Typecasting is tough for an actor. Clearly, working regularly probably smoothes away the worst of that career discontent, but when your screen persona is the kind that builds cult followings and you're known for a certain set of traits, you have to find a way to make peace with the box that casting directors build for you or you'll just frustrate yourself trying to claw your way out. And if you're lucky, every once in a while you get to leap in a new direction, like Parker Posey managed in 2007's acclaimed, downbeat drama, Broken English, or in her recent, bracing guest arc on FX's Louie.
But the cultists know what they like and why, so this recent indie starring the woman formerly (and reductively) known as the Indie Queen delivers it. Here Posey is an aggressive, mercurial boss at the Long Island branch of a discount grocery chain's pricing and marketing department. She suffers no interruptions, laughs at her own jokes, donut-shames snacking employees, bulldozes her way through office life and gets away with it in the name of productivity and sales, even hijacking her right hand man (Eric Mabius) away from his family for long hours and, eventually, an extra-marital affair. You don't want to work for her.
It's not just Posey that's familiar. The work-is-hell genre is blowing up in film and on TV and already has its own cliches, thanks to now-well-known ingredients from Office Space, The Devil Wears Prada, The Office and Mad Men. This time around it feels like Posey's own mouthy character from 1997's Clockwatchers decided to get with the program and get the money by beating everyone else at their own game and the take-everyone-prisoner atmosphere resembles, at least in spirit, a white-ish collar take on this year's brutal fast-food-thriller Compliance, minus the sexual assault. Sort of.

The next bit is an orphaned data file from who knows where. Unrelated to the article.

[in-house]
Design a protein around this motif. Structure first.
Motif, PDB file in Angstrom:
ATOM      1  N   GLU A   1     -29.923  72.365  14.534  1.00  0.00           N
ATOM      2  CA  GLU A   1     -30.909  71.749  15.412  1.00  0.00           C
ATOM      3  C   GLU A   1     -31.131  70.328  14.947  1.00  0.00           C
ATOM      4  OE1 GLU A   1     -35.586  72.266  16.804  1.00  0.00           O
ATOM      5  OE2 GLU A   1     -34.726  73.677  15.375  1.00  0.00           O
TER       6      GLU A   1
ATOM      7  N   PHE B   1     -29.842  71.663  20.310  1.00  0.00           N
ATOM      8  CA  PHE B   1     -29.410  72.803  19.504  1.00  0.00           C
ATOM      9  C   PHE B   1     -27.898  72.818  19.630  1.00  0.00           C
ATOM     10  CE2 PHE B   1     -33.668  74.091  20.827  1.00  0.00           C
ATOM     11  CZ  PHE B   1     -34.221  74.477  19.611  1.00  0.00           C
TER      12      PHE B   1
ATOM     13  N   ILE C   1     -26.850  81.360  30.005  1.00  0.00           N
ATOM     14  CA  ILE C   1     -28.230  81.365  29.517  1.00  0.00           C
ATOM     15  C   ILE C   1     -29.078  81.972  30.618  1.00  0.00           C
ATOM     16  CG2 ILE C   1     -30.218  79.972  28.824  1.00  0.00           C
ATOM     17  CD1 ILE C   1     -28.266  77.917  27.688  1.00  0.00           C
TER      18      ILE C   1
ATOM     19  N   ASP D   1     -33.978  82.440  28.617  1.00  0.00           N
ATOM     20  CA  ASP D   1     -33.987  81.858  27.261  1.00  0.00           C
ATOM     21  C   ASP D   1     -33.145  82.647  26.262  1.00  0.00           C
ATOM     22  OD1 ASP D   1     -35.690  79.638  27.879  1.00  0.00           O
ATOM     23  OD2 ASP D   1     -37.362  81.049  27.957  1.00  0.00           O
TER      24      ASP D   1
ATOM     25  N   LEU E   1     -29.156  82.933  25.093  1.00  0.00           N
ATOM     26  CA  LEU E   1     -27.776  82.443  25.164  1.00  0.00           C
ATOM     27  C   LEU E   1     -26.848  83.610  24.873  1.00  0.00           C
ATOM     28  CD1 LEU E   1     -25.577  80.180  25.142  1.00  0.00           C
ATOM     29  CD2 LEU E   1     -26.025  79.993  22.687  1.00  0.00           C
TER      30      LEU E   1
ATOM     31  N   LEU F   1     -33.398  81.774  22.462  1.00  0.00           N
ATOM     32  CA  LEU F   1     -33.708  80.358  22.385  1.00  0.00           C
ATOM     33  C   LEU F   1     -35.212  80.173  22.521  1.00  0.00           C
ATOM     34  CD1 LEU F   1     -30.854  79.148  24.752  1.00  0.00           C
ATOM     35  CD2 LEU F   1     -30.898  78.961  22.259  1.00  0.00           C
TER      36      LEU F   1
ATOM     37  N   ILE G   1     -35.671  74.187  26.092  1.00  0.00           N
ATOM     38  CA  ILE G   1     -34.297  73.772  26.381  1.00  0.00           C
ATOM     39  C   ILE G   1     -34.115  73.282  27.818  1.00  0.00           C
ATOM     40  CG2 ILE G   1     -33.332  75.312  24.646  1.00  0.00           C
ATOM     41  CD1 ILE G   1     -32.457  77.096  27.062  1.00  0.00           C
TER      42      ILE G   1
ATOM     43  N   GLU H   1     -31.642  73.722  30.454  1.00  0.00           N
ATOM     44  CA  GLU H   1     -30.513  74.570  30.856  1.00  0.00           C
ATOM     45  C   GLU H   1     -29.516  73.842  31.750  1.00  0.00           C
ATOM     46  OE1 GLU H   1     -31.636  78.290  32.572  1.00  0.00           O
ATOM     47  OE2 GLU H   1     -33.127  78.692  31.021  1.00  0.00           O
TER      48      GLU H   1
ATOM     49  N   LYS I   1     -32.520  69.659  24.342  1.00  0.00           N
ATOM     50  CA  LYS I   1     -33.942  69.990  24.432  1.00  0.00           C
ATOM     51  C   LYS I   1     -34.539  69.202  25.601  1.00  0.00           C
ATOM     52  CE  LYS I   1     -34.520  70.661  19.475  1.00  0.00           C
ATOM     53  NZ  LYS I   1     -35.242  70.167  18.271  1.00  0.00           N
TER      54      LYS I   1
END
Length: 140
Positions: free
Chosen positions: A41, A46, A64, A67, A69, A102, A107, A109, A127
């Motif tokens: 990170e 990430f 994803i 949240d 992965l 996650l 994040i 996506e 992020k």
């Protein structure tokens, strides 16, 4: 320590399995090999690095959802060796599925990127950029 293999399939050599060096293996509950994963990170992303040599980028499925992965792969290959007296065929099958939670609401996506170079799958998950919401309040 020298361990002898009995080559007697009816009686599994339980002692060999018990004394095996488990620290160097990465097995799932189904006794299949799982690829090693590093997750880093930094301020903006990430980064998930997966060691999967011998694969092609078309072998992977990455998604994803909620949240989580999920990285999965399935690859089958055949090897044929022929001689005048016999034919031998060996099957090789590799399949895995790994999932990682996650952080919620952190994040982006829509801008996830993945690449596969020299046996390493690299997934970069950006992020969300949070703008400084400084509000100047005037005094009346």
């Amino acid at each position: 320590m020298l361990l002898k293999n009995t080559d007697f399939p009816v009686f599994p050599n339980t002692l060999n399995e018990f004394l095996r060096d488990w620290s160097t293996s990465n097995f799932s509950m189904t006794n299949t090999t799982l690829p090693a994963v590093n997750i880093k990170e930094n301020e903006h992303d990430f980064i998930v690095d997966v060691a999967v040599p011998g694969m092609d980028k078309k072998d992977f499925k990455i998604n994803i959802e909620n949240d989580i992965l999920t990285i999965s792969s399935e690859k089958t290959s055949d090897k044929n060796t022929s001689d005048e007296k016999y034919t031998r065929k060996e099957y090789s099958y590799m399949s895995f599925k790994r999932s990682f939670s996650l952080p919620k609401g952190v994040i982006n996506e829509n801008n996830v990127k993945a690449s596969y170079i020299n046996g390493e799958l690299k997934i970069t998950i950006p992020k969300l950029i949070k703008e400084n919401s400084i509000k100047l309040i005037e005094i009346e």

It never suffers a failure of nerve or abdicates its responsibility as critique on corporate culture -- the no-resolution resolution, in which everyone gets about a fifth of what they actually wanted from life, is appropriately sour -- but it does suffer a failure of presentation, an abrupt halt. The oh-well-that's-life details of the last few moments feel tacked on and rushed, as if budget constraints had caused downsizing in the film itself. But pleasures remain: Posey whipping out her impeccable comic timing, her fiery, complicated presence as a person you'd hate in real life but love to watch shriek her way toward an ugly victory, the stuff she does best, is never unwelcome. The Indie Queen is still on her throne. Long may she reign.